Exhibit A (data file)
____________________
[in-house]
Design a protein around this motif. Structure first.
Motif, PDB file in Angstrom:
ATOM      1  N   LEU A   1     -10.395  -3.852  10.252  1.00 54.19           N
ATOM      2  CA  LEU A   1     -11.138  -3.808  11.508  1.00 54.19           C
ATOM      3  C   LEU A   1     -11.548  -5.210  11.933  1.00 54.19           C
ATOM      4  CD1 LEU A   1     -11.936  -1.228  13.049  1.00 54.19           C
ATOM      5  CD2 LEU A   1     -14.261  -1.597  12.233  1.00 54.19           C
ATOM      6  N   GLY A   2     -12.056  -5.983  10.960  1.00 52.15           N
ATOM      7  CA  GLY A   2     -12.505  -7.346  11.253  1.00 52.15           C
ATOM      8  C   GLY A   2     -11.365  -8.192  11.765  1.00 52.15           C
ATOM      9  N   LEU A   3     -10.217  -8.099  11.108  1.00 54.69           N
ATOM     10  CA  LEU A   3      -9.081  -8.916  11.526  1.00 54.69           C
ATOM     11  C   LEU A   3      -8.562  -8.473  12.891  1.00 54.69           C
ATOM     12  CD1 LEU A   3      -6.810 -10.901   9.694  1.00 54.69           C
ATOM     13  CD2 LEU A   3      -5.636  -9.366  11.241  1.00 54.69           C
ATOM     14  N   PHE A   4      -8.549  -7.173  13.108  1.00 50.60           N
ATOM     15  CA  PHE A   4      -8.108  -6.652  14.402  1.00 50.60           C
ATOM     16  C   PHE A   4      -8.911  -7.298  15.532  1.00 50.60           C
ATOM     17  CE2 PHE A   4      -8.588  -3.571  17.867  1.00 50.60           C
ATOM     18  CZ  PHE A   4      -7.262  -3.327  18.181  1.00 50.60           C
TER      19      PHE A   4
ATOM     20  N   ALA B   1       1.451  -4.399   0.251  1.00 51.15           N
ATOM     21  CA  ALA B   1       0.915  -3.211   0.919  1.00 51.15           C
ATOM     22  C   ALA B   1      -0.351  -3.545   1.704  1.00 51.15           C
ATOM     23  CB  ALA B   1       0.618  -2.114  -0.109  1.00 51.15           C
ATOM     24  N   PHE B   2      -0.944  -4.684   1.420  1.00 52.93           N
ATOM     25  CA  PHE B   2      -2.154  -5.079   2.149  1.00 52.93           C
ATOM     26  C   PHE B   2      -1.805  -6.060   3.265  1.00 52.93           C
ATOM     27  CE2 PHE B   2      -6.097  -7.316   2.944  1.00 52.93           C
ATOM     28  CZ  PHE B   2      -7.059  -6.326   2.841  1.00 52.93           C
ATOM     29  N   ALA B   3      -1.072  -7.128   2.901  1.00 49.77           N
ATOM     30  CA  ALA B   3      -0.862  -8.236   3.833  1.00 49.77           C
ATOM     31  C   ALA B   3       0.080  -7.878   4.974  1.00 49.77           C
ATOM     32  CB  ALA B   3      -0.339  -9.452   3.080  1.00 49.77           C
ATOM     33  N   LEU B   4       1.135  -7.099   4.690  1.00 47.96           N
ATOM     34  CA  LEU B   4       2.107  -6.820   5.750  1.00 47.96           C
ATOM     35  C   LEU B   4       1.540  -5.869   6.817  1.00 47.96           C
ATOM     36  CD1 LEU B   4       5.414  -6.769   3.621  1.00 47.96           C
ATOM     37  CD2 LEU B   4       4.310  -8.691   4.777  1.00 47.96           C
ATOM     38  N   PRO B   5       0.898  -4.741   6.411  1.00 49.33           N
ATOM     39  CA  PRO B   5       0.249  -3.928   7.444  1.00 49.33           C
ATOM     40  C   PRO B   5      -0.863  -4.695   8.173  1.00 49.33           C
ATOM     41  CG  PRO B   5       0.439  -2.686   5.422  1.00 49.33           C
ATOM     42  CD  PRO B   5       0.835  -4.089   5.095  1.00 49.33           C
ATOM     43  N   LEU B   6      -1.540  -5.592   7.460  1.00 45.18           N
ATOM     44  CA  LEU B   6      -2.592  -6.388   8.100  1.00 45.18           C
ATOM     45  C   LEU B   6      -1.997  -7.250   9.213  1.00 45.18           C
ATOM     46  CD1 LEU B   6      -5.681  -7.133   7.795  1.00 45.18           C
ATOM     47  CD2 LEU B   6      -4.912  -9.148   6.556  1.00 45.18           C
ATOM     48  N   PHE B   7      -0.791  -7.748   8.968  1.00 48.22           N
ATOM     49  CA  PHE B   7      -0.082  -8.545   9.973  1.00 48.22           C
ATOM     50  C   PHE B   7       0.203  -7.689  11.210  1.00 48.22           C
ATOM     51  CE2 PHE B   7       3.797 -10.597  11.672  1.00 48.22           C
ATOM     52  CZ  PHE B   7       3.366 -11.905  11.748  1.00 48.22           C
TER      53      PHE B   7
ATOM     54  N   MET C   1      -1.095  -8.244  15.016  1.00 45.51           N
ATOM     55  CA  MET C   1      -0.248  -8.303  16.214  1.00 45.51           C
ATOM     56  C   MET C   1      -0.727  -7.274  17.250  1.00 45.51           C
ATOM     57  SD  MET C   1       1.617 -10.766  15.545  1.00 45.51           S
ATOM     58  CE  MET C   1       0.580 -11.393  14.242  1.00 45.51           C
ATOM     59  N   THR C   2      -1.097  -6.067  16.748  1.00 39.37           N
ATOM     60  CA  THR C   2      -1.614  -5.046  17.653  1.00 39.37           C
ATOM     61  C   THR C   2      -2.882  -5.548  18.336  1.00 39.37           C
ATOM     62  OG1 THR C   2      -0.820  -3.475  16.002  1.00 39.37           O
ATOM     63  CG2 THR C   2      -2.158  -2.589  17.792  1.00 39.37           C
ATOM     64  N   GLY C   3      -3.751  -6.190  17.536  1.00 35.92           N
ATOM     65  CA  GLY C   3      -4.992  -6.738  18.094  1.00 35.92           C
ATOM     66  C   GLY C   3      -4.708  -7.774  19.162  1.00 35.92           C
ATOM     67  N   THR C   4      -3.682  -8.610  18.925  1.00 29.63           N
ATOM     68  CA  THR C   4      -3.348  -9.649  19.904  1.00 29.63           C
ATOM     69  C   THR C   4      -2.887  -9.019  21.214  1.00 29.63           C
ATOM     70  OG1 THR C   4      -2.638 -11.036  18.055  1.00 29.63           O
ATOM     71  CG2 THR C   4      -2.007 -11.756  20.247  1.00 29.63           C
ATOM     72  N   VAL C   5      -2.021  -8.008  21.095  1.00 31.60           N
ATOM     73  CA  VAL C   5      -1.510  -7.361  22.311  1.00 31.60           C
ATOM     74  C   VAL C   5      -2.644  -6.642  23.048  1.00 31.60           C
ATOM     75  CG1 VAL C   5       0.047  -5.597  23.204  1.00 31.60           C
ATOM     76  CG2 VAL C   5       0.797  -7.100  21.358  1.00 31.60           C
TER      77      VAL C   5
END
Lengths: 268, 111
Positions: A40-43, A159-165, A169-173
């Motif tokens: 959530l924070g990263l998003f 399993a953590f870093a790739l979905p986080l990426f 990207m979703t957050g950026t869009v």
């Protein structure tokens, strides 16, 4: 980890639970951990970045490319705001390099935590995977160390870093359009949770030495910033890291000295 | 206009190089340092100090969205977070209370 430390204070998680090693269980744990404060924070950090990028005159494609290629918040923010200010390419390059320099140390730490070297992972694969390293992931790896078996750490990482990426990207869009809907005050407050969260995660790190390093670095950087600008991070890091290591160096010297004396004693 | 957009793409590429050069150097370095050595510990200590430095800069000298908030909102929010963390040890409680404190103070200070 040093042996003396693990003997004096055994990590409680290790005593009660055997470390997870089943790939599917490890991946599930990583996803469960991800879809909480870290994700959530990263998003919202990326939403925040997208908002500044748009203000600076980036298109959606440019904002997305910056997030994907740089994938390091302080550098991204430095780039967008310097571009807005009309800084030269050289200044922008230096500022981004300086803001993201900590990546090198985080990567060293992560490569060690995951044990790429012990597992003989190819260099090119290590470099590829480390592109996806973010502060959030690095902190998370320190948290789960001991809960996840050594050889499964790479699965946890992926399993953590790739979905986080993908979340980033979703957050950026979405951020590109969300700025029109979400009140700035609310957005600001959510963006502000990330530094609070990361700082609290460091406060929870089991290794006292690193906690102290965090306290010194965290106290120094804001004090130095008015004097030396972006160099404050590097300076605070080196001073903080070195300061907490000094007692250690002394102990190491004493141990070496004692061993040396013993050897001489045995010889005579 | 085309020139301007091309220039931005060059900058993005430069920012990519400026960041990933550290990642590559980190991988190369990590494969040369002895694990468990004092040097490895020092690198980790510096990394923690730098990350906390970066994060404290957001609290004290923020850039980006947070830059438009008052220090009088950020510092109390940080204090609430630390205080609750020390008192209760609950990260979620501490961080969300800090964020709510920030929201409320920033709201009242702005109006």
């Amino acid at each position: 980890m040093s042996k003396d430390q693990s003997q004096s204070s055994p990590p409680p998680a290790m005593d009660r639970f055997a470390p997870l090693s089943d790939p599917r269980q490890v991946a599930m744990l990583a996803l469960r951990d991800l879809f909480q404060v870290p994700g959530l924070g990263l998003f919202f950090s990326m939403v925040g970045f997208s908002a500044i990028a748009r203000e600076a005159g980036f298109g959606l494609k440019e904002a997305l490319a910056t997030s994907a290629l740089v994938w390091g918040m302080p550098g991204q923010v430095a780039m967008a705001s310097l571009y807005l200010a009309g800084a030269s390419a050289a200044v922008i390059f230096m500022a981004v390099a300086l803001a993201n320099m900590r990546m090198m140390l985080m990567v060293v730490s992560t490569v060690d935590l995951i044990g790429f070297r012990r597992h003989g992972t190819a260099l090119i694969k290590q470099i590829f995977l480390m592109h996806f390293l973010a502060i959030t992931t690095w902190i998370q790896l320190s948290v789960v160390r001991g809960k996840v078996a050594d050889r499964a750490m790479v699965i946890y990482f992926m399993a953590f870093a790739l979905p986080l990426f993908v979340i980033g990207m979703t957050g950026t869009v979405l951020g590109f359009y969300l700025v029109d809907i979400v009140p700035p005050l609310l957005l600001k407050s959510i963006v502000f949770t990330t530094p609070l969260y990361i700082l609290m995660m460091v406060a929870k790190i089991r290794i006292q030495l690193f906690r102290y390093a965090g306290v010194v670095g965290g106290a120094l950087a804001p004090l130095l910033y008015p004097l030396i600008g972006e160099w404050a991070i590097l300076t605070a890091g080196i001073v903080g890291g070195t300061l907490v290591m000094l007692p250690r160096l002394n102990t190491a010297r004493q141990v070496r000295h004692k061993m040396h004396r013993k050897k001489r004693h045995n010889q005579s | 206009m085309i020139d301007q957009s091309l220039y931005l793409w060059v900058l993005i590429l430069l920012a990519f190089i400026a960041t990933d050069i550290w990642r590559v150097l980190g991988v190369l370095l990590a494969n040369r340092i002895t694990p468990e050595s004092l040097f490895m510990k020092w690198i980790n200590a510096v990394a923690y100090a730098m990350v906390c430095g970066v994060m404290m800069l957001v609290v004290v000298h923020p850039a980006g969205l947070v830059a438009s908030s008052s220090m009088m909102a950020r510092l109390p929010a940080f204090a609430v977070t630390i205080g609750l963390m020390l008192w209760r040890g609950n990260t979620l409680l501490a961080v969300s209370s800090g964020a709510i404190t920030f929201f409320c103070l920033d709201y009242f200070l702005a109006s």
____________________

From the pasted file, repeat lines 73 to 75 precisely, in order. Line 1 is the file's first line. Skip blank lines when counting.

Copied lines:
ATOM     70  OG1 THR C   4      -2.638 -11.036  18.055  1.00 29.63           O
ATOM     71  CG2 THR C   4      -2.007 -11.756  20.247  1.00 29.63           C
ATOM     72  N   VAL C   5      -2.021  -8.008  21.095  1.00 31.60           N